Custody case referred to European court
THE European Court of Justice (ECJ) is to be asked to decide an important issue concerning the custody rights of unmarried fathers in child removal or abduction cases.
A five-judge Supreme Court referred the matter to the ECJ yesterday.
The issue relates to an appeal by a man against a High Court decision. It rejected his challenge to his former partner's removal of their three children to England to live three years ago. The couple had a 10-year relationship and the mother went to England last July with the children, all aged under 10, just weeks after she ended the relationship.
The High Court found the children's habitual residence, when removed by their mother in July 2009, was Ireland. When the man brought his proceedings here in December 2009, the habitual residence was England, it ruled.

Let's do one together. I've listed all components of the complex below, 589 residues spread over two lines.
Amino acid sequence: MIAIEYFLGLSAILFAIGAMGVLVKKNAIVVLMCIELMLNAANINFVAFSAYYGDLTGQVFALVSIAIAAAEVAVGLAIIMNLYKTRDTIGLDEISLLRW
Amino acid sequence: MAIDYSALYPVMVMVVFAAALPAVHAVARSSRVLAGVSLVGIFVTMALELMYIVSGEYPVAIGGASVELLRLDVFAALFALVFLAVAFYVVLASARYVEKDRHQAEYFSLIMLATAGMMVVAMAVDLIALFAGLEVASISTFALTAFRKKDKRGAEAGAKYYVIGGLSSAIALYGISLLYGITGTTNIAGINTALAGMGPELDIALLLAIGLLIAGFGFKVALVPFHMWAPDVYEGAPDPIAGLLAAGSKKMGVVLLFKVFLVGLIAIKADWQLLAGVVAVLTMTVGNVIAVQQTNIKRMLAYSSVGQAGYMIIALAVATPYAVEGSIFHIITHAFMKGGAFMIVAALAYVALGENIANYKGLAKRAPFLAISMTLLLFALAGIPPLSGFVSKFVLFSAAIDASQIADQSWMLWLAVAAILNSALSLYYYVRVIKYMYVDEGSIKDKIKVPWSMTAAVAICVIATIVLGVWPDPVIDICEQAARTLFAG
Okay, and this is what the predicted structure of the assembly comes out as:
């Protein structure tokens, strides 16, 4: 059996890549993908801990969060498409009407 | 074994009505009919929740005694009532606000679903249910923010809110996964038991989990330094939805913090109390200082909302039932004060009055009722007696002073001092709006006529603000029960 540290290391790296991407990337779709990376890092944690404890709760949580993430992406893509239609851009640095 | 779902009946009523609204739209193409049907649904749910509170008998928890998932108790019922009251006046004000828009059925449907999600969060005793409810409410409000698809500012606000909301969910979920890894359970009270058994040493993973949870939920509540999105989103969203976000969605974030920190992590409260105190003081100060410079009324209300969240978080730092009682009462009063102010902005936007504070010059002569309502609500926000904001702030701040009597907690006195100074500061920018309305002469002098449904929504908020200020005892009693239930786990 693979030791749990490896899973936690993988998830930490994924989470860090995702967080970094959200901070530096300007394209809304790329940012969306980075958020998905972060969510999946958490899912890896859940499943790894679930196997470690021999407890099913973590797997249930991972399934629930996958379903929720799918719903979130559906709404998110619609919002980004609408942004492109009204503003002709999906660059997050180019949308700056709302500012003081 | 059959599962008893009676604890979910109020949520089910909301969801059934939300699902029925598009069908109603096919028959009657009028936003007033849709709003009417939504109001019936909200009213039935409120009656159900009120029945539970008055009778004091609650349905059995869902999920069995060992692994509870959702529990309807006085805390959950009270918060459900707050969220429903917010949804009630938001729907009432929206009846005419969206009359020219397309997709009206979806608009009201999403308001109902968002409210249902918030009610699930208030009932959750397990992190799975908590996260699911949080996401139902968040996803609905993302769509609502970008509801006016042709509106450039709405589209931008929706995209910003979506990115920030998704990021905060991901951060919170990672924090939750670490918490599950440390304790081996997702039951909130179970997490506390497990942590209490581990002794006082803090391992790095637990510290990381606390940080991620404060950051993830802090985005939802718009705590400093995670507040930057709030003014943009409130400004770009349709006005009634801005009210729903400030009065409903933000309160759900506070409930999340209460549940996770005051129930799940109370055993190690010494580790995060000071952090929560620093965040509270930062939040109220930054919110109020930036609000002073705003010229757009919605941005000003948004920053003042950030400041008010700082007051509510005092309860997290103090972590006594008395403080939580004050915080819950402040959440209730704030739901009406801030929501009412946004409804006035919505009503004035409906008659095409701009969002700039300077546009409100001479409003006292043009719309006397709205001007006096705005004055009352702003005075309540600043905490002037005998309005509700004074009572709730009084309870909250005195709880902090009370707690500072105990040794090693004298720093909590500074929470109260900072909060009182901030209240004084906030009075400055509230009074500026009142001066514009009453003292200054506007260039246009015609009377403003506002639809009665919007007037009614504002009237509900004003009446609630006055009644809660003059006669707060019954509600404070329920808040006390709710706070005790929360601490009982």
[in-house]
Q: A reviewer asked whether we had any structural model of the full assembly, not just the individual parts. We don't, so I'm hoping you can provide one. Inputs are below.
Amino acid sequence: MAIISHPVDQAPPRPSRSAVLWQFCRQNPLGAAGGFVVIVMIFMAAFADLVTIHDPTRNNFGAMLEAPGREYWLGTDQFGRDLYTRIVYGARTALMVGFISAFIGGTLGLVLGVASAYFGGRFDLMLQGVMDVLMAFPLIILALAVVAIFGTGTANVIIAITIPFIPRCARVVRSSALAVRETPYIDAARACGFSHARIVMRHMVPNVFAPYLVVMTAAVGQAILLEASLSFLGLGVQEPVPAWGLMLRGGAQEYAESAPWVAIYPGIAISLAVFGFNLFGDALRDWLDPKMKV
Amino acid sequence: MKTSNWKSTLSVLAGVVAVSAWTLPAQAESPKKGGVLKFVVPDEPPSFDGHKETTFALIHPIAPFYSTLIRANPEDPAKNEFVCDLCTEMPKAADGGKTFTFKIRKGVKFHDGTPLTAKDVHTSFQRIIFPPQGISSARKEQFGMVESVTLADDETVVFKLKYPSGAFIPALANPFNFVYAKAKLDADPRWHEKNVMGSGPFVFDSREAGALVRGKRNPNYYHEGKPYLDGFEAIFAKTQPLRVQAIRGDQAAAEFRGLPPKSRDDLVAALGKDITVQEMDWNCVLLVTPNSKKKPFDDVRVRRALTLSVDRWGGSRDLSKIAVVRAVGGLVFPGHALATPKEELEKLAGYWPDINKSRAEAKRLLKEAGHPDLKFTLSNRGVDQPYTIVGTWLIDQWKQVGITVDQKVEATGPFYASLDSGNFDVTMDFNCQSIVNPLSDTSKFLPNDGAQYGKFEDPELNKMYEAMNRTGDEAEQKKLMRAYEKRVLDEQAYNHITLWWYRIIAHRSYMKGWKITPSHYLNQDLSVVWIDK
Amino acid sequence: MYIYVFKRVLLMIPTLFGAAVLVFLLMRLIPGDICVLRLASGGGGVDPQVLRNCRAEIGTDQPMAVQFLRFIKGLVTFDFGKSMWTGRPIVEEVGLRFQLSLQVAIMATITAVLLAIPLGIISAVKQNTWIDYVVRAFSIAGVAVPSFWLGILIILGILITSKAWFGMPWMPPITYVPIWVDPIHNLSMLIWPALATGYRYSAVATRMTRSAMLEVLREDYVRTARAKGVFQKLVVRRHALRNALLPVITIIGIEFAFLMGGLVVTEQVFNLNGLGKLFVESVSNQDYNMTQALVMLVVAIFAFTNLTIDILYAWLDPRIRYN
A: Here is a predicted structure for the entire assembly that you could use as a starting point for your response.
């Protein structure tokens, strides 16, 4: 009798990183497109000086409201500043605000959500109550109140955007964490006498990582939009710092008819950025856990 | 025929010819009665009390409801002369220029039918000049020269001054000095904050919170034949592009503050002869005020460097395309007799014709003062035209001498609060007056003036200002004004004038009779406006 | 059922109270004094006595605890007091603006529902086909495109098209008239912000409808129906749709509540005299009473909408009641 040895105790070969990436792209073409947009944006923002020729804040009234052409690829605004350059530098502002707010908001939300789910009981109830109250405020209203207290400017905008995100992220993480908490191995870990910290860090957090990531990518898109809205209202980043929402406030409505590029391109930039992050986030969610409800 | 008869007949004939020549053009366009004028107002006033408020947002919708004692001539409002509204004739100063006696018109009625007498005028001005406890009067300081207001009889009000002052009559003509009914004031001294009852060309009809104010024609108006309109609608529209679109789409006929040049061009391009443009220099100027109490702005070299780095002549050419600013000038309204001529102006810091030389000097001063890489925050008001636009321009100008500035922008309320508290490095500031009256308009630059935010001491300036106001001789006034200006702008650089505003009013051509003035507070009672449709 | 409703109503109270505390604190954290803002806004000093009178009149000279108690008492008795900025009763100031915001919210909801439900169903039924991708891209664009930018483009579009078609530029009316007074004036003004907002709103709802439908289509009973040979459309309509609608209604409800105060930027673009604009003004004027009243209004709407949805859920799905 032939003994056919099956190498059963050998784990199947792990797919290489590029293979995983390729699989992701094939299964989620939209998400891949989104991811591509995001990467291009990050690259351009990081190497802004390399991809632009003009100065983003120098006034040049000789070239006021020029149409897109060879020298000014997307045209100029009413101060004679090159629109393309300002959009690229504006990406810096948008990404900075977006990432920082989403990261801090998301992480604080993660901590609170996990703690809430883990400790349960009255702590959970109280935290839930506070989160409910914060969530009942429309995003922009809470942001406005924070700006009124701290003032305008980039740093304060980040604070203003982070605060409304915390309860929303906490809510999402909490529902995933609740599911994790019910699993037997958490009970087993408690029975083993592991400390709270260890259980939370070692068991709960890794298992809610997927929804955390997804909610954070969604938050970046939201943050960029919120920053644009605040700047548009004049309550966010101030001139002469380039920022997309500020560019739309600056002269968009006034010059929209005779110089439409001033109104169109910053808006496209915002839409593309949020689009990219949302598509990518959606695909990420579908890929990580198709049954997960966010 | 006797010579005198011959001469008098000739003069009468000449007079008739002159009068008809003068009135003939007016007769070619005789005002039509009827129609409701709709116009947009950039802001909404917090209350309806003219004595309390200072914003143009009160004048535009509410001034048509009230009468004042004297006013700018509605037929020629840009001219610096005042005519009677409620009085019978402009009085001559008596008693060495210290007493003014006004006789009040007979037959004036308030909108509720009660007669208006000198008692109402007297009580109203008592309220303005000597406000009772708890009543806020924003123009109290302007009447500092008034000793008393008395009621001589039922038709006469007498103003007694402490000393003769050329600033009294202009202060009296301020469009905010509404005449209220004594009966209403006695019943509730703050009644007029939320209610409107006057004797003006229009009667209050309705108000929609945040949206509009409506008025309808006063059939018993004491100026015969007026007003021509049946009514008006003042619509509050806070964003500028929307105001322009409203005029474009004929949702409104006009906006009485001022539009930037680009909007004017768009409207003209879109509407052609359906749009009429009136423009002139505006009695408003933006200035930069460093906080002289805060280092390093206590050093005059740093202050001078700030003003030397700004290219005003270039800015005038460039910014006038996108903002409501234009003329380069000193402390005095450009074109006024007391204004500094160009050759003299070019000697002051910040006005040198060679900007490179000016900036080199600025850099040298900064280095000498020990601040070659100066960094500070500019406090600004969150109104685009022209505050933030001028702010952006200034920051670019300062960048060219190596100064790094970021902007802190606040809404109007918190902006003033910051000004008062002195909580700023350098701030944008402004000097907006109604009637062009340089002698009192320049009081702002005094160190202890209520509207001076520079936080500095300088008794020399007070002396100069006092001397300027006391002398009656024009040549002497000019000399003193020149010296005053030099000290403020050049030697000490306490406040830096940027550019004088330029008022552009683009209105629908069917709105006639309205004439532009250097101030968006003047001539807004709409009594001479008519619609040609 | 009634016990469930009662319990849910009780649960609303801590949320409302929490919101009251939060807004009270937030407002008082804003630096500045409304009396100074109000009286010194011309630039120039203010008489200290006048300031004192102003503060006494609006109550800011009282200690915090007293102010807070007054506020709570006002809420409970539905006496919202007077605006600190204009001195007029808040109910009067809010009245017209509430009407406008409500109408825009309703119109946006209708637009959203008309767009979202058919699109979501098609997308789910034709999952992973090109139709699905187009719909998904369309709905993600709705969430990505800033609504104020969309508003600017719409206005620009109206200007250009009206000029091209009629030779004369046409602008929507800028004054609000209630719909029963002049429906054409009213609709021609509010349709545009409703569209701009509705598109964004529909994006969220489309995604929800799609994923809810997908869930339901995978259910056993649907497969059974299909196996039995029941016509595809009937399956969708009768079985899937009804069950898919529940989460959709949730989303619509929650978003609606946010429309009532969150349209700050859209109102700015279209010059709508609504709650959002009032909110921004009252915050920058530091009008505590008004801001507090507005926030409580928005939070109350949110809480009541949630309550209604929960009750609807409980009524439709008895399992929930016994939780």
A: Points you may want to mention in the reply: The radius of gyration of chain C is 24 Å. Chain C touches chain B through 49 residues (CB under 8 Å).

The Supreme Court yesterday said that, while it agreed with the High Court the removal was not unlawful because the man had not applied for custody rights here, it would refer a question to the ECJ, which is expected to determine the issue within three months.
The issue relates to the interpretation of the notion of "rights of custody" within the meaning of a November 2003 EC Regulation on the recognition and enforcement of judgments in matrimonial matters and matters of parental responsibility.
The ECJ has to decide whether the Brussels regulation, as interpreted under the EU Charter of Fundamental Rights or otherwise, precludes a member state from requiring an unmarried father to have a court order granting him custody before he can have custody rights rendering the children's removal wrongful.
The Supreme Court said it was its own view the answer to that question should be "no", but it was referring the matter to the ECJ.